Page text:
The Wellesley Centers for Women (WCW) Lunchtime Seminar Series will continue on Thursday, April 4, with, “Community Mental Health: A School-Wide Approach to Preventing Youth Depression” The program will run from 12:40 – 1:30p.m. at Cheever House, 828 Washington St.
Depression is a serious mental illness that commonly begins during adolescence. Most middle and high school teachers and school administrators would like to help students experiencing depression, but they often lack the knowledge to recognize the symptoms and direct students to available resources. Natick Public Schools and Holliston Public Schools have partnered with the Wellesley Centers for Women to change that with initiatives to educate school communities and offer help to students in need of support.
In both programs — Natick Depression Prevention Initiative and Mood Check: Holliston — clinicians from WCW provide mental health education to students, parents, and school staff while screening and identifying students in need of mental health support, providing recommendations and referrals for treatment when needed. In this presentation, Tracy Gladstone, Ph.D., a senior research scientist at WCW, will share data from the screenings and explore how these school-based depression prevention programs are able to reach teens in need of support while breaking down stigmas about mental health within school communities.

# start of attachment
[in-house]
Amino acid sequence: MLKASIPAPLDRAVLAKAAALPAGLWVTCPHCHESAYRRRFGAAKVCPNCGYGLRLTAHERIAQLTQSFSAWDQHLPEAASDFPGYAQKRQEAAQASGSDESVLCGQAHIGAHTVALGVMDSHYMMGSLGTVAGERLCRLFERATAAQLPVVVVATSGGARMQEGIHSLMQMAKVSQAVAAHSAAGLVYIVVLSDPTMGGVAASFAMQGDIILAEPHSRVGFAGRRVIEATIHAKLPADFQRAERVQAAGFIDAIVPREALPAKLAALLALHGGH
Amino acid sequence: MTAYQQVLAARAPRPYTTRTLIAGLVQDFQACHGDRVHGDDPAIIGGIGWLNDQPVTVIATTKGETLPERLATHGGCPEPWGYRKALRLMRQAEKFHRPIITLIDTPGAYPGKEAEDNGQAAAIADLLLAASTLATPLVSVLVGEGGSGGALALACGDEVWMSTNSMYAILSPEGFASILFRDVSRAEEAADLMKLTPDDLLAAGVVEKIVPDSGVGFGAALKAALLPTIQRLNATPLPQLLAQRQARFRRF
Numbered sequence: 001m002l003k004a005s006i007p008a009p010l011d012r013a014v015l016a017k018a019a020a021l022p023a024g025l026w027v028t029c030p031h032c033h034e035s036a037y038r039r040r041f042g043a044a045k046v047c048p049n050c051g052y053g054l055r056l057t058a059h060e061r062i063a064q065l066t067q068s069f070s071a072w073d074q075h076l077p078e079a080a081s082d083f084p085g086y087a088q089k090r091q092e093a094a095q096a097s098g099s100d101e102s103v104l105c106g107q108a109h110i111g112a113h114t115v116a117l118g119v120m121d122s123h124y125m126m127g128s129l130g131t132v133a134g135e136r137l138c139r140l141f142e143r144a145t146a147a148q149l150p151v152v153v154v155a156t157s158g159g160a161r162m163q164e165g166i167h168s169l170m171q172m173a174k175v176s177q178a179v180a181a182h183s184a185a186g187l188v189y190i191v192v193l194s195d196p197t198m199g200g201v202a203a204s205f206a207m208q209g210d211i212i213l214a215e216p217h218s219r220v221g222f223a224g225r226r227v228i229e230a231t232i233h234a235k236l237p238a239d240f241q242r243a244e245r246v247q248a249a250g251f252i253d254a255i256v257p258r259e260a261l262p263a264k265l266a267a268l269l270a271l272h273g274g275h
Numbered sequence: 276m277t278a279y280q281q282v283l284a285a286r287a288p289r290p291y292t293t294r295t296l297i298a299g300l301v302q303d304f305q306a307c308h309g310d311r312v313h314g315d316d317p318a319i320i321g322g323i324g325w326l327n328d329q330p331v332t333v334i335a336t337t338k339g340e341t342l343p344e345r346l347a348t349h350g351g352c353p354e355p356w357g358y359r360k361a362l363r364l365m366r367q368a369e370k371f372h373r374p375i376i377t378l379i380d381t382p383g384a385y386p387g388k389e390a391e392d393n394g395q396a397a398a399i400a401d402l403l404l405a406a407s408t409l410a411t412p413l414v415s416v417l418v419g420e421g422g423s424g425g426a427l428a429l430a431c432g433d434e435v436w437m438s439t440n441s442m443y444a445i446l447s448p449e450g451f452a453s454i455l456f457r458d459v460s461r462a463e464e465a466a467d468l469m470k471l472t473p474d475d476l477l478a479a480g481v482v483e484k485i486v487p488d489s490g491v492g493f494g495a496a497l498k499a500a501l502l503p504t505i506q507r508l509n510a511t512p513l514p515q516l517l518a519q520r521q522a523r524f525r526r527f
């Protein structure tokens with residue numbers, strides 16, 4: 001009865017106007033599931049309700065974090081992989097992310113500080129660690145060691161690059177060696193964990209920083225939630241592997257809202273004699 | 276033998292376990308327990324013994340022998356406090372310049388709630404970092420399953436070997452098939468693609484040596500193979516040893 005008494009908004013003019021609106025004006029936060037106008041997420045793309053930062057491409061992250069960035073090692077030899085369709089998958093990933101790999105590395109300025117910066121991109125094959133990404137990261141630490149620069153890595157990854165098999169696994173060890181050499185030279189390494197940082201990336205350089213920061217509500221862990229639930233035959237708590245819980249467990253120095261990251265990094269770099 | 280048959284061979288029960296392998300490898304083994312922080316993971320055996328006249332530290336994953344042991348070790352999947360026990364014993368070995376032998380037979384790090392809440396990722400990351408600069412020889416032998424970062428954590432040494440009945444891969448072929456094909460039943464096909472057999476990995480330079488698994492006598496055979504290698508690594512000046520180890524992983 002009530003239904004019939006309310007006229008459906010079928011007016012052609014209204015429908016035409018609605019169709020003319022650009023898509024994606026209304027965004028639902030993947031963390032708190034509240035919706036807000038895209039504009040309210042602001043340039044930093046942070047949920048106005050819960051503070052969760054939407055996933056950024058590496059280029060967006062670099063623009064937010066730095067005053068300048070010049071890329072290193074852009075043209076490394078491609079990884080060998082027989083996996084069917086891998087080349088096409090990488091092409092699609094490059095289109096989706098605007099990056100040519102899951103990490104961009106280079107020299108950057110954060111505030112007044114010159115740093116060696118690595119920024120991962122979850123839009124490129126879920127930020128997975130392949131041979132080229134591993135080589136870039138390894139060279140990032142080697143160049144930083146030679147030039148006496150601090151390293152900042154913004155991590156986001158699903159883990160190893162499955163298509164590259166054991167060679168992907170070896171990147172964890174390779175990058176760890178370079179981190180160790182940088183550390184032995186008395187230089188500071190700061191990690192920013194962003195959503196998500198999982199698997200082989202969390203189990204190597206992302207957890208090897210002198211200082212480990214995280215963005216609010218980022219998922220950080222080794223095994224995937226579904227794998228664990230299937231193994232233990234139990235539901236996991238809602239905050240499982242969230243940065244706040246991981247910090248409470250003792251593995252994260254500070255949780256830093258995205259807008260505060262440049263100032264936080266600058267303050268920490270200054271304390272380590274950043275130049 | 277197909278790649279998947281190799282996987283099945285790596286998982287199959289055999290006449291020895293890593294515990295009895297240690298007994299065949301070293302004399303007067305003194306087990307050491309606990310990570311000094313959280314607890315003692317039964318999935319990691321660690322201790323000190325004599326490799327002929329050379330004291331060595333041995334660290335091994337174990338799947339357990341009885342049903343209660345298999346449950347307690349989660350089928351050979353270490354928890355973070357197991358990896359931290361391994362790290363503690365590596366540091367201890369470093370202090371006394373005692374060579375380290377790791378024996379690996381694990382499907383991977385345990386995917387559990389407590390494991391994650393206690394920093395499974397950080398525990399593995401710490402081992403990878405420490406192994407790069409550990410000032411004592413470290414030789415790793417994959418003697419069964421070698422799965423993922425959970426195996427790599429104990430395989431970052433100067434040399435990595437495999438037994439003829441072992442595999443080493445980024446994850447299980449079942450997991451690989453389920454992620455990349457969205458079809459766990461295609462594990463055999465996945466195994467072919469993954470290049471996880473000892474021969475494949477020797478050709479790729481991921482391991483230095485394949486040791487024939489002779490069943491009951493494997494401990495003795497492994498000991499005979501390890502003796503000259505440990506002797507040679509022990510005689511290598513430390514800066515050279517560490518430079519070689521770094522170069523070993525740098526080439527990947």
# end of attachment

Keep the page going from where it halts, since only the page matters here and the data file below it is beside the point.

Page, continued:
The Lunchtime Seminar Series is free and open to the public. Guests are invited to bring their lunches, and the Centers will provide tea and coffee. For more information about the series, visit wcwonline.org/calendar. For accessibility questions, contact Disability Services at Wellesley College at [email protected]
The Wellesley Centers for Women is the largest academic, women-and gender-focused, social-change-driven, research-and-action institute in the United States, located at Wellesley College. Scholars at the Centers advance gender equality, social justice, and human wellbeing through high-quality research, theory, and action programs. Areas of work include Education, Economic Security, Mental Health, Youth and Adolescent Development, and Gender-Based Violence.